Italian vendors head outdoors to sell their wares
PORCIA, Italy — Six days a week, motorists speed over the cobblestone streets of this small suburb of Pordenone.
But traffic comes to a halt Friday mornings as thousands of pedestrians converge on a weekly outdoor market that dates back to who-knows-when. Such markets are common across Italy and hark back to the days before refrigerators, when people did their food shopping every day.
Some Italians still shop that way. And they’re in luck with the markets, which are generally spread out over the week so that neighboring communities don’t compete with each other. This not only means there’s a market every day in the communities around American military bases such as Aviano Air Base, but it also allows vendors to participate in multiple markets during the week. For Americans, it’s not only an opportunity to get fresh produce, it’s also a chance to experience, and participate in, a slice of European life.
Porcia, a short drive from Aviano, features a handful of merchants selling a variety of fruits and vegetables. Produce is sold by the kilogram, often shortened and spelled "chilo," or by a single item. A kilogram is about 2.2 pounds, so unless you have a big family, you might want to ask for about half that (un mezzo kilo). They’ll put your selection in a bag, weigh it, and add some or take some away to meet your requirements — or price range. If you’re just looking for an apple or two, point and ask for un pezzo (one piece) or due pezzi (two pieces).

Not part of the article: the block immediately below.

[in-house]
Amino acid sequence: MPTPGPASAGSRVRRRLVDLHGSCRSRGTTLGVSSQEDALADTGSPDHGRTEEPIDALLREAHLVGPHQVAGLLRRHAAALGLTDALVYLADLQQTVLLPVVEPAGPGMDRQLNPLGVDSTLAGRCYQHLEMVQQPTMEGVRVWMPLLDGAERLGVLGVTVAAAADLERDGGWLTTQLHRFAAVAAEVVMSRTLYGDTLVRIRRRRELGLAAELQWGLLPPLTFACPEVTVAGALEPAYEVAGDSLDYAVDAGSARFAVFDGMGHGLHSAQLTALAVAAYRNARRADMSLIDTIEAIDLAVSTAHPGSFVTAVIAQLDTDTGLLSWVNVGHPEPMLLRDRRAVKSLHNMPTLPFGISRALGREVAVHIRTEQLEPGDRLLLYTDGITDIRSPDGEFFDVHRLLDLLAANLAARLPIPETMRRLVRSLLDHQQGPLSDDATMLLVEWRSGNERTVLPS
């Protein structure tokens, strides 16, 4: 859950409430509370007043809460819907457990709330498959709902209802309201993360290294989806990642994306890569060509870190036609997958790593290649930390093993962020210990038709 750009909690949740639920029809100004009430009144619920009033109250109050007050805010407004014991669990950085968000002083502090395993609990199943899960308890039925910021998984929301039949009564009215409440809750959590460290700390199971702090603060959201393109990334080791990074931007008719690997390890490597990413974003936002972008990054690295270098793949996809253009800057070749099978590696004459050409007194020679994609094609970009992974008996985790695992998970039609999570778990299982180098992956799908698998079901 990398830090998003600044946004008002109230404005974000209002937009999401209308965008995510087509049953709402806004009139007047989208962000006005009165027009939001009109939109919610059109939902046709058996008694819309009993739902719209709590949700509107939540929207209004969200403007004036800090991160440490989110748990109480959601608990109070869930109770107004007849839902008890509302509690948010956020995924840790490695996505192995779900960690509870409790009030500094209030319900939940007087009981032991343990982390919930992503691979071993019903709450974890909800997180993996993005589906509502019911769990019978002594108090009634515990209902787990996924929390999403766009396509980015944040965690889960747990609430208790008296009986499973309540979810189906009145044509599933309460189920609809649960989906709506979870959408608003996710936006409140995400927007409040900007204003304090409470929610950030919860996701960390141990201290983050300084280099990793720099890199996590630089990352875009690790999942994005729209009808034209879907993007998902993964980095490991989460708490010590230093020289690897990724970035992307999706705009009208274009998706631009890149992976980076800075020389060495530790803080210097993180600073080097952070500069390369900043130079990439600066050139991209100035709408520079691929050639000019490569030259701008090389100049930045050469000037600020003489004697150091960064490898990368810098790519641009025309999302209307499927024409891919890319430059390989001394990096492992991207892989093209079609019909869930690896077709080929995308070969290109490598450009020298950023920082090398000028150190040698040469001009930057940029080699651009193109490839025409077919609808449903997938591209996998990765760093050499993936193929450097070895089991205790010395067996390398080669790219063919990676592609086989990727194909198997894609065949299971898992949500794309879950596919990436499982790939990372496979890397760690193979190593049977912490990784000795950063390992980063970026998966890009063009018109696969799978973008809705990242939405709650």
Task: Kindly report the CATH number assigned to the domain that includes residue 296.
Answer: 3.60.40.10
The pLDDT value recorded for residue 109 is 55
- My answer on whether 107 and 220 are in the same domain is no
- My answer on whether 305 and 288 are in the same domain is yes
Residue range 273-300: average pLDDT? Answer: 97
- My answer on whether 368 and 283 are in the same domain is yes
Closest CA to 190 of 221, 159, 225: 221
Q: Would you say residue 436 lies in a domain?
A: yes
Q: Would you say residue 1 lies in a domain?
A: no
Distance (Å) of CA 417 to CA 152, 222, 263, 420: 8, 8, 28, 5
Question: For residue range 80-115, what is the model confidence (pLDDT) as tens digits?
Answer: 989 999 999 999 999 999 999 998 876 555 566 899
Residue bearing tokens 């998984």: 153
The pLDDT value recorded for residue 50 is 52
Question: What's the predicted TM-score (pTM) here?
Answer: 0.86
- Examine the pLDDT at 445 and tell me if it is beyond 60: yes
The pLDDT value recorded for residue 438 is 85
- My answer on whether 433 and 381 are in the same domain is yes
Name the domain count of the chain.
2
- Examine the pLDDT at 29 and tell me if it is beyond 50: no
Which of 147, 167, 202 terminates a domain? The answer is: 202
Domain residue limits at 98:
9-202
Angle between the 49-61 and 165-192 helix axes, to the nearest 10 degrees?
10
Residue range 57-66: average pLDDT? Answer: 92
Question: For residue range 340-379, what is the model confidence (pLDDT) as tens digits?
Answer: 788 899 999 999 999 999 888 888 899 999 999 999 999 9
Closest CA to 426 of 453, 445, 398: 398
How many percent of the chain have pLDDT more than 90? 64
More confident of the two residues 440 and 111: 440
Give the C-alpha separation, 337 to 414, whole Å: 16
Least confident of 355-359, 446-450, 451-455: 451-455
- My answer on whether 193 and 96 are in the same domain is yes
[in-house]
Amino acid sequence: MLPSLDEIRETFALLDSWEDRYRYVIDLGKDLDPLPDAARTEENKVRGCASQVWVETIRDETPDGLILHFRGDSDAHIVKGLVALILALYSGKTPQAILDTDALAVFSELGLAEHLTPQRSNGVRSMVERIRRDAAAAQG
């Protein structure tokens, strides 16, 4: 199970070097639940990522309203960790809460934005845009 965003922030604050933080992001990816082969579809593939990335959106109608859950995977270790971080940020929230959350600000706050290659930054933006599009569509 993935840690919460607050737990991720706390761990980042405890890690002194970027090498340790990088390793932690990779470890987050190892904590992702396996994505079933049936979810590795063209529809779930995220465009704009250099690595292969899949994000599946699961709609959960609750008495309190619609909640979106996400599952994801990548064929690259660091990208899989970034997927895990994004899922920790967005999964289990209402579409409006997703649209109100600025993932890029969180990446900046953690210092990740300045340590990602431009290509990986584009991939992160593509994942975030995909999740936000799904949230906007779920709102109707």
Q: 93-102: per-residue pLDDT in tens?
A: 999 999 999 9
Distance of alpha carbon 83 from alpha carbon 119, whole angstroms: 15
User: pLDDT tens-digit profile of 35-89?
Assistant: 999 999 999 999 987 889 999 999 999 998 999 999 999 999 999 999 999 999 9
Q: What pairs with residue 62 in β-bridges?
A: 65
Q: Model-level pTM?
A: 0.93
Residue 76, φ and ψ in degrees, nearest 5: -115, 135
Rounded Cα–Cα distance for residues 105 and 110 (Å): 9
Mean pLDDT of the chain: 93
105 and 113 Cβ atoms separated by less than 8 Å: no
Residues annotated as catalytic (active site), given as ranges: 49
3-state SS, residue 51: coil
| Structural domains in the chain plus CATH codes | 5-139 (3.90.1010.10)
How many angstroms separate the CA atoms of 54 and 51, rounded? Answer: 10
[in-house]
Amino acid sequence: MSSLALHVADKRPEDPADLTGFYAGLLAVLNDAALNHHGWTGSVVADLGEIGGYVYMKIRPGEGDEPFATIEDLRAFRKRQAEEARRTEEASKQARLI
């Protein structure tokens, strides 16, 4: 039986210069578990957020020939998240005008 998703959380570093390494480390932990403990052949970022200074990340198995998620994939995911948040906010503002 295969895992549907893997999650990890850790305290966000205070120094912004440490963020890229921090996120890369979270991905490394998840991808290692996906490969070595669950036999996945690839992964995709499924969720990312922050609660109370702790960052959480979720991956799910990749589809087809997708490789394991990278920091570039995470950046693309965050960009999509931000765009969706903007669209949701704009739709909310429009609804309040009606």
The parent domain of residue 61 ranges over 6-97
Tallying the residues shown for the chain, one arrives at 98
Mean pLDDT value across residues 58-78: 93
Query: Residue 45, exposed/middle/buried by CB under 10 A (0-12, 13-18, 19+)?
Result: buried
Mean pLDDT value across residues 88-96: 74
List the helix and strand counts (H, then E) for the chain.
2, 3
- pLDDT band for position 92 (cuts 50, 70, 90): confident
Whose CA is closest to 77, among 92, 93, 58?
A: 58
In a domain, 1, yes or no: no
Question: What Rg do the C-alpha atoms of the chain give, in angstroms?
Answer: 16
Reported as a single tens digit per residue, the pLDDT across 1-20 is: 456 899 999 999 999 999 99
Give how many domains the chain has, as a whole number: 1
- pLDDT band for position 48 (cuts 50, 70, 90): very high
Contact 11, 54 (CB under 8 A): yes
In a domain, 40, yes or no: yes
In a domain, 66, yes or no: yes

There’s a lot more than fruits and vegetables, though. Many markets offer cheese and dairy products and fresh seafood from trailers. Porcia features a stall selling barbecued chicken for people who don’t want to do the cooking themselves.
And often there is a stall selling a colorful array of fresh flowers.
American Michelle Peck bought a couple of bouquets of flowers, along with several bags of vegetables, during a visit last week. A baby carriage served both to ferry two children as well as her purchases.
"At this particular market, there is an incredible florist," she said, adding that she’s been to several markets around Aviano. The offerings vary among the markets and sometimes change from week to week, she said. She said she usually goes with a plan to buy something specific, but she’s ready to adapt.
"It really depends on what they have," she said.
Porcia’s market, like most markets, doesn’t just sell farm-fresh produce. There’s a variety of clothing for sale — most at discount prices. It’s probably possible to get an entire new wardrobe for a few hundred euros — and that includes all kinds of accessories.
Most markets begin as soon as the sun rises and they close around lunch time. A short time later, cars once again own the streets — until it’s market time again.